People with disabilities increasingly facing off against lawyers from top private firms
Tue 10 Nov 2020 16.30 GMT
Last modified on Tue 10 Nov 2020 16.32 GMT
The agency running the national disability insurance scheme has called in private law firms in a third of all cases it has been forced to defend at the administrative appeals tribunal (AAT), amid a large increase in its overall legal bill.
Under the administrative review system that allows people to challenge government decisions, NDIS participants who have been denied supports and applicants who have been denied access to the scheme can appeal to the tribunal.
While few people with disabilities are legally represented in these cases, new figures provided to the Senate show increasingly they face the prospect of negotiating with or facing off against lawyers from top private firms.
The figures show the agency had engaged a private firm in 1,294 cases since the scheme was created in 2013.
That is about 33% of the 3,891 cases that have been appealed to the tribunal by NDIS participants and applicants.
The figures show Minter Ellison was engaged in 100 cases, while Wisewould Mahony (127 cases), Sparke Helmore (104 cases), Clayton Utz (64 cases) and Ashhurst (59 cases) were also hired often.
Some 539 of the 1,294 cases farmed out to private firms were from the past financial year.
The NDIA declined to outline the cost of engaging these private firms for AAT cases, but it told Senate estimates last month it spent $13.4m on total AAT legal costs in the 2019-20 financial year, up from $9.4m in the previous 12 months.
Its total legal bill hit $28.9m in 2019-20, an increase from $18.4m in 2018-19. Part of the increase would reflect the continued rollout of the scheme, which only began operating in all states and territories in July.
But the opposition’s NDIS spokesman, Bill Shorten, said the figures were “disturbing”.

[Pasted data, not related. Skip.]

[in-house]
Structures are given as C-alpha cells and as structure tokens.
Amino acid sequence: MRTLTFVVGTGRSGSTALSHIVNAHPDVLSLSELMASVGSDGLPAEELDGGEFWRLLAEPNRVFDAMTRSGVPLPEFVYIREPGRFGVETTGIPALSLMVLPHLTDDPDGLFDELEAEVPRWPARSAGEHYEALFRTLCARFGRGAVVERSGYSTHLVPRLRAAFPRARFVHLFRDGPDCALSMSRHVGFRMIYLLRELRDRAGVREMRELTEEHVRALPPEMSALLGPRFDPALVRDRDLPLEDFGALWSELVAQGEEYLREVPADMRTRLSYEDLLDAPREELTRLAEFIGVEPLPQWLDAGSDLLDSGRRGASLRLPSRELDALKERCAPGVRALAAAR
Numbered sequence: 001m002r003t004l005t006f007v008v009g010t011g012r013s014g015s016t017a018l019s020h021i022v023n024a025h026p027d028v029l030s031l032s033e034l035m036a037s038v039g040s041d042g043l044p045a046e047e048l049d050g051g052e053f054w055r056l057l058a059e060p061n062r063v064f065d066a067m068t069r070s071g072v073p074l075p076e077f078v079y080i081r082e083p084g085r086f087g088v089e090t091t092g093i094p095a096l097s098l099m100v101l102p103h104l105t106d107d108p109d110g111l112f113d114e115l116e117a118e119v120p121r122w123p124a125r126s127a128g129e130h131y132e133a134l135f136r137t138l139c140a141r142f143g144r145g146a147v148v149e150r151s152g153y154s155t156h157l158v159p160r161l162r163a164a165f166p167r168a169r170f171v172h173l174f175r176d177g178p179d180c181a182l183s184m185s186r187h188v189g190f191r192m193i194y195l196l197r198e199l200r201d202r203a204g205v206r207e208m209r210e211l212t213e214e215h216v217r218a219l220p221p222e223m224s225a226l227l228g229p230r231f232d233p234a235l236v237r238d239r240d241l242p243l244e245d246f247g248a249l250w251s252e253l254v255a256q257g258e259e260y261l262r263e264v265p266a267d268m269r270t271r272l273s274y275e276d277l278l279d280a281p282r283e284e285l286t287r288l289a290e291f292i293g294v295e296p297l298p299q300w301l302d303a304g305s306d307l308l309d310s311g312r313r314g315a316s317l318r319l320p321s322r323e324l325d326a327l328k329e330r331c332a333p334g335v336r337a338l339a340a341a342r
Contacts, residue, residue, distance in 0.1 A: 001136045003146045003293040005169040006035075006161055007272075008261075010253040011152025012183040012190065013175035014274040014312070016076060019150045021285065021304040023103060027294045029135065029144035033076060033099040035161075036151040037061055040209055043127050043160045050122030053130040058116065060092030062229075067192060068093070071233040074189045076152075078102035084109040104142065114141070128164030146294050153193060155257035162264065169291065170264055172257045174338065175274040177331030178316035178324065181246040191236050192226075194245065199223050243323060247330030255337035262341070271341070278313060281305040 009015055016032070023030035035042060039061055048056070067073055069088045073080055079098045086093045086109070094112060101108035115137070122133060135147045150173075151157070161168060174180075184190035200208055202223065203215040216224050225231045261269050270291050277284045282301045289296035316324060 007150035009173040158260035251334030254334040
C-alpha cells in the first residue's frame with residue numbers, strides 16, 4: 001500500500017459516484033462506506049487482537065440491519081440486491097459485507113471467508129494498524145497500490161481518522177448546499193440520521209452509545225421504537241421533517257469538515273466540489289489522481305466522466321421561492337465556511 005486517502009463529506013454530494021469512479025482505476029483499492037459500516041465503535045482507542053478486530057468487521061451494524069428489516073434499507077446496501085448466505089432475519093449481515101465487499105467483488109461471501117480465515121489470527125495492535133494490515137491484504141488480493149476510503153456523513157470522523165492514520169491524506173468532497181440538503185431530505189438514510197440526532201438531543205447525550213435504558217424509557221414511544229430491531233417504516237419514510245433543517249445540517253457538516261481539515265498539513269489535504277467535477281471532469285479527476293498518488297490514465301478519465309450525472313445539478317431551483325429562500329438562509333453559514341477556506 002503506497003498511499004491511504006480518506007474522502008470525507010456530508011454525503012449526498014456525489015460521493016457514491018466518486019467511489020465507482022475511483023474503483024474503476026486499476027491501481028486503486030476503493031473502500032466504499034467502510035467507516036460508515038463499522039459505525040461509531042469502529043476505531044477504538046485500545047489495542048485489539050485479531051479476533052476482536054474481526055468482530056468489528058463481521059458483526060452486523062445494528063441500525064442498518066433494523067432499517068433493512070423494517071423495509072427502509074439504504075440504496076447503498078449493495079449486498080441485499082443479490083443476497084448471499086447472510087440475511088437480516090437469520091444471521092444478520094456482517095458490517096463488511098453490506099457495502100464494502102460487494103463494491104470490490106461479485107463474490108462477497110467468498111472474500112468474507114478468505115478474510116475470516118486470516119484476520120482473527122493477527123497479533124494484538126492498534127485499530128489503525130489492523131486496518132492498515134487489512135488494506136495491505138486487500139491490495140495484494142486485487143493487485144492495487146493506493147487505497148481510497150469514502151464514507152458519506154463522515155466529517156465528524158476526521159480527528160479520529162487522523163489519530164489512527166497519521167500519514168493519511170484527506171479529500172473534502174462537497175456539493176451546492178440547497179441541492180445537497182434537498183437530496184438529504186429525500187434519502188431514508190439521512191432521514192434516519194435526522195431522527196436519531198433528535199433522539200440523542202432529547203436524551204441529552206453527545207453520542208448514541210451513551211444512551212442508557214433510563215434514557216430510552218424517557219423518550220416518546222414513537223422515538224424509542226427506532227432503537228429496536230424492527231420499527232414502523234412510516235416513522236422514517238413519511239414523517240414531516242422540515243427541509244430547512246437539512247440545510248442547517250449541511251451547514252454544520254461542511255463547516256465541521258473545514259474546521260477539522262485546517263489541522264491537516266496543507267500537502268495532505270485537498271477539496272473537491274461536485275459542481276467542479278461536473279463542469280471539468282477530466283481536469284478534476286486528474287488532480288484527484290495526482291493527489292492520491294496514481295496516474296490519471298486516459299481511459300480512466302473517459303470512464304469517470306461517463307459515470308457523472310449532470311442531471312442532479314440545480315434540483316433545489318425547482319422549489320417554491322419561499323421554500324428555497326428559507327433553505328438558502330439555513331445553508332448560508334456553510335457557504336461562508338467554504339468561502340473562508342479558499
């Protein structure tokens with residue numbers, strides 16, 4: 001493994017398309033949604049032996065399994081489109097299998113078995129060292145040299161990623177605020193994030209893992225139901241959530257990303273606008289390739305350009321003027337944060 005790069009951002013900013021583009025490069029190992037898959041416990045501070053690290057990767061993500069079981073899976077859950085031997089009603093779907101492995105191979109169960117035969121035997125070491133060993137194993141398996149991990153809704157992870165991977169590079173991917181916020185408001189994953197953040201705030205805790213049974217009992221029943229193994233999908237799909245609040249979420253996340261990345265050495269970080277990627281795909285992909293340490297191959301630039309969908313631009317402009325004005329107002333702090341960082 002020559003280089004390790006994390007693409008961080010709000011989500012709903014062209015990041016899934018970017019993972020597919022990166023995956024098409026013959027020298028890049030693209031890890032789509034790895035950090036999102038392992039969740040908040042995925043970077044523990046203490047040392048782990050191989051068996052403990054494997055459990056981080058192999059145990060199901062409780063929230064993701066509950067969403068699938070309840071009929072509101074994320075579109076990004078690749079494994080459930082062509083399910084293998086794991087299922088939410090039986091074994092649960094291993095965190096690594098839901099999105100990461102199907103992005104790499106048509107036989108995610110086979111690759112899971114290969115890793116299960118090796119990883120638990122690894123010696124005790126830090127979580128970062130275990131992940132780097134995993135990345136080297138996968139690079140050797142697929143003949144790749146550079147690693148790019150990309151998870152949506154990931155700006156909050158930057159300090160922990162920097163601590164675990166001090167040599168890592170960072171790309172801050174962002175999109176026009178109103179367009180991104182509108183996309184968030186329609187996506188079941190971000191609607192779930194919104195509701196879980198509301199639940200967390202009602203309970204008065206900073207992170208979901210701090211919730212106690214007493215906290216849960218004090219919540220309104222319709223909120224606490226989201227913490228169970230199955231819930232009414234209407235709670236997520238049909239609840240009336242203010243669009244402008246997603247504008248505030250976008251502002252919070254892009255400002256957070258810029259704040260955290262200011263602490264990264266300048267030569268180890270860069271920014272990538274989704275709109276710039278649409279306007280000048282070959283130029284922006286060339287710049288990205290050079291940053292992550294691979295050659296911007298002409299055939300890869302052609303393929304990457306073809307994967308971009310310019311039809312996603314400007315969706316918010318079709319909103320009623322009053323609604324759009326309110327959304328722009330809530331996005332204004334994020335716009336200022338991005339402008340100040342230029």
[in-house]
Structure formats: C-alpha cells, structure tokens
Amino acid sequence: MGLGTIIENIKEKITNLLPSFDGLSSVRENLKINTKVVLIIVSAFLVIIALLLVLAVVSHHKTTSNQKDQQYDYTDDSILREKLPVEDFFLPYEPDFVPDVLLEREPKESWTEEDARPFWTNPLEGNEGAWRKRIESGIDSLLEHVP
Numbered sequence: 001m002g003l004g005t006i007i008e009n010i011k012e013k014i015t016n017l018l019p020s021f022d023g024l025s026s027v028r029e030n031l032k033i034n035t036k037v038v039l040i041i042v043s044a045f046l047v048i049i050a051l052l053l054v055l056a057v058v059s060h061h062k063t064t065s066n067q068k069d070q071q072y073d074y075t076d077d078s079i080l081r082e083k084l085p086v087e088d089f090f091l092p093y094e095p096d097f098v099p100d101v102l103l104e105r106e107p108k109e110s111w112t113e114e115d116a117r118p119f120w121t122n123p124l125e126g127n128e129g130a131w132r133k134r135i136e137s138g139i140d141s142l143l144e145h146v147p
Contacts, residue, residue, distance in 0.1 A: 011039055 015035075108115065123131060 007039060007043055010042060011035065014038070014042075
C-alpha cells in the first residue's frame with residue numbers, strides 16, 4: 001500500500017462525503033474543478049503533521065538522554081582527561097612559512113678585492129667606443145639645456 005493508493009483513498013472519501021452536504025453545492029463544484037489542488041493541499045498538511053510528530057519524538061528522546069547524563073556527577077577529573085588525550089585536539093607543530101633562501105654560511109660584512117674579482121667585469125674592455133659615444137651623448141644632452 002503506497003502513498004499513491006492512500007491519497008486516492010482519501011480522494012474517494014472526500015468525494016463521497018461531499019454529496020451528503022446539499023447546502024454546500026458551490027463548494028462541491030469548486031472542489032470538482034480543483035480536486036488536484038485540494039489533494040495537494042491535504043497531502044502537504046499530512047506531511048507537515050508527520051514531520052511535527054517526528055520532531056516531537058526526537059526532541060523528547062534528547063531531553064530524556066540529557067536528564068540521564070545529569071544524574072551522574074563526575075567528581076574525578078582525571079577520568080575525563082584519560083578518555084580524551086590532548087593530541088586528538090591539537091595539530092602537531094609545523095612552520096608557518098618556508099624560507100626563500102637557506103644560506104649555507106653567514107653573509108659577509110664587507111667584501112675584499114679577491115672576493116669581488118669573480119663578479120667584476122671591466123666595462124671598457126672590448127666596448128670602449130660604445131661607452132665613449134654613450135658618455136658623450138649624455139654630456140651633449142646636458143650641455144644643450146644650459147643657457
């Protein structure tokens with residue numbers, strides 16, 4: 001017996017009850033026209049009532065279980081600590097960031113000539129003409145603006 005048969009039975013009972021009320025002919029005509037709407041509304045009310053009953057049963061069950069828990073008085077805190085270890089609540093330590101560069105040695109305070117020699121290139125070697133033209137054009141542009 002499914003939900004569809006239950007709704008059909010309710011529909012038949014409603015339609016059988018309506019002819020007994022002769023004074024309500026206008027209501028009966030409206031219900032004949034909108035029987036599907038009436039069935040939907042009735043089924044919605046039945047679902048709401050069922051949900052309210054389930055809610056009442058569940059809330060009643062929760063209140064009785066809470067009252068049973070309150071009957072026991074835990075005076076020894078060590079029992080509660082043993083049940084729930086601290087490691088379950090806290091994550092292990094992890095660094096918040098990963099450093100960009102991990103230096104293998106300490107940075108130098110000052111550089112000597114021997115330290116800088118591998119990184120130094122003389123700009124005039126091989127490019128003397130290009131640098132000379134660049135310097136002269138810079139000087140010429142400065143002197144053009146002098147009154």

He said the vulnerable were being “fought at every stage in an unfair fight where the government spends a fortune on high-powered big-city law firms”.
“Imagine if these funds were diverted away from the lawyers’ picnic and given to people whose lives it could change,” Shorten said.
Though the scheme has been growing, the agency has been facing an increasing number of NDIS appeals in recent years.
There were 1,744 applications for an AAT review of an NDIS decision in 2019-20, up from 1,220 in the previous 12 months, and 744 in 2017-18.
But an NDIS spokeswoman said the proportion of scheme planning decisions that were being appealed to the AAT was falling.
“In 2019-20, the number of AAT cases related to planning decisions was just 0.22% of all planning decisions, down from 0.25% in 2018-19,” she said.
“The NDIA is legally represented in all cases. Around two-thirds of cases are managed by the NDIA internal legal team with an early resolution case manager. One third of cases are managed by an NDIA case manager with an external lawyer.”
The spokeswoman said the agency at times needed “specific specialist expertise from private legal services may at times be required”.
“In general, advisers are selected based on: the requirements of the matter, their match to individual or organisational expertise, skill set and appropriate value for money,” she said.
Amid the increasing legal spending and the engagement of top private firms, the NDIA has faced criticism for negotiating confidential settlements with participants prior to a hearing.
Some have argued the settlements allow the NDIA to avoid scrutiny in cases where the tribunal may be highly critical of the agency’s initial decision to refuse supports or access to the scheme.
Cases that have made it to the AAT include a June 2019 ruling revealed by Guardian Australia that found the agency had been wrong to deny swallowing supports to people living with dysphagia.
The NDIA’s spokeswoman confirmed about 65% of matters were resolved through “early resolution”, while 33% of applications made to the AAT are withdrawn by the applicant.
She said only 2% proceeded to a contested hearing and published decision.
“The NDIS minister also announced significant reforms earlier this year, which will lead to better, more consistent decisions for participants.”
These changes, which include independent assessments of scheme applicants, have drawn a mixed response from disability advocates.